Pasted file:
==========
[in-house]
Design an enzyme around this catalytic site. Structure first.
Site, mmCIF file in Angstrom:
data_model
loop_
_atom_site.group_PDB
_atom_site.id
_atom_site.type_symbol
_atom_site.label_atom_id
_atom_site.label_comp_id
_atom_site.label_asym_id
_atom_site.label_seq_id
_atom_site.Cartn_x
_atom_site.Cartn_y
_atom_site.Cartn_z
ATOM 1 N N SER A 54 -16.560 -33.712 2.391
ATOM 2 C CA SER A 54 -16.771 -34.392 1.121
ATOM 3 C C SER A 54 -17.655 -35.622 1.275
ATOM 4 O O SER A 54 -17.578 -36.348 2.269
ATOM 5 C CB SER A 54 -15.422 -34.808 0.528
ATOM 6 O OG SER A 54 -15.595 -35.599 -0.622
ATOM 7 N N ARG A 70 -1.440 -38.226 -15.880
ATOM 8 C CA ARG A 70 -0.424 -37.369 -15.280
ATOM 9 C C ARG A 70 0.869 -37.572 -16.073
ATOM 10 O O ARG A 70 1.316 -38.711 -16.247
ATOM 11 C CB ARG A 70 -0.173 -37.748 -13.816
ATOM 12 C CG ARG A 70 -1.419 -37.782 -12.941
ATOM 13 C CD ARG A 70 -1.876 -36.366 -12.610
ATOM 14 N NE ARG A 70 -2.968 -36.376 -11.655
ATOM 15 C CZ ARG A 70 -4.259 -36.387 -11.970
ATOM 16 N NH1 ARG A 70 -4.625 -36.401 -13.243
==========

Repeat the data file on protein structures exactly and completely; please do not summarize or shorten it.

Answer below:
[in-house]
Design an enzyme around this catalytic site. Structure first.
Site, mmCIF file in Angstrom:
data_model
loop_
_atom_site.group_PDB
_atom_site.id
_atom_site.type_symbol
_atom_site.label_atom_id
_atom_site.label_comp_id
_atom_site.label_asym_id
_atom_site.label_seq_id
_atom_site.Cartn_x
_atom_site.Cartn_y
_atom_site.Cartn_z
ATOM 1 N N SER A 54 -16.560 -33.712 2.391
ATOM 2 C CA SER A 54 -16.771 -34.392 1.121
ATOM 3 C C SER A 54 -17.655 -35.622 1.275
ATOM 4 O O SER A 54 -17.578 -36.348 2.269
ATOM 5 C CB SER A 54 -15.422 -34.808 0.528
ATOM 6 O OG SER A 54 -15.595 -35.599 -0.622
ATOM 7 N N ARG A 70 -1.440 -38.226 -15.880
ATOM 8 C CA ARG A 70 -0.424 -37.369 -15.280
ATOM 9 C C ARG A 70 0.869 -37.572 -16.073
ATOM 10 O O ARG A 70 1.316 -38.711 -16.247
ATOM 11 C CB ARG A 70 -0.173 -37.748 -13.816
ATOM 12 C CG ARG A 70 -1.419 -37.782 -12.941
ATOM 13 C CD ARG A 70 -1.876 -36.366 -12.610
ATOM 14 N NE ARG A 70 -2.968 -36.376 -11.655
ATOM 15 C CZ ARG A 70 -4.259 -36.387 -11.970
ATOM 16 N NH1 ARG A 70 -4.625 -36.401 -13.243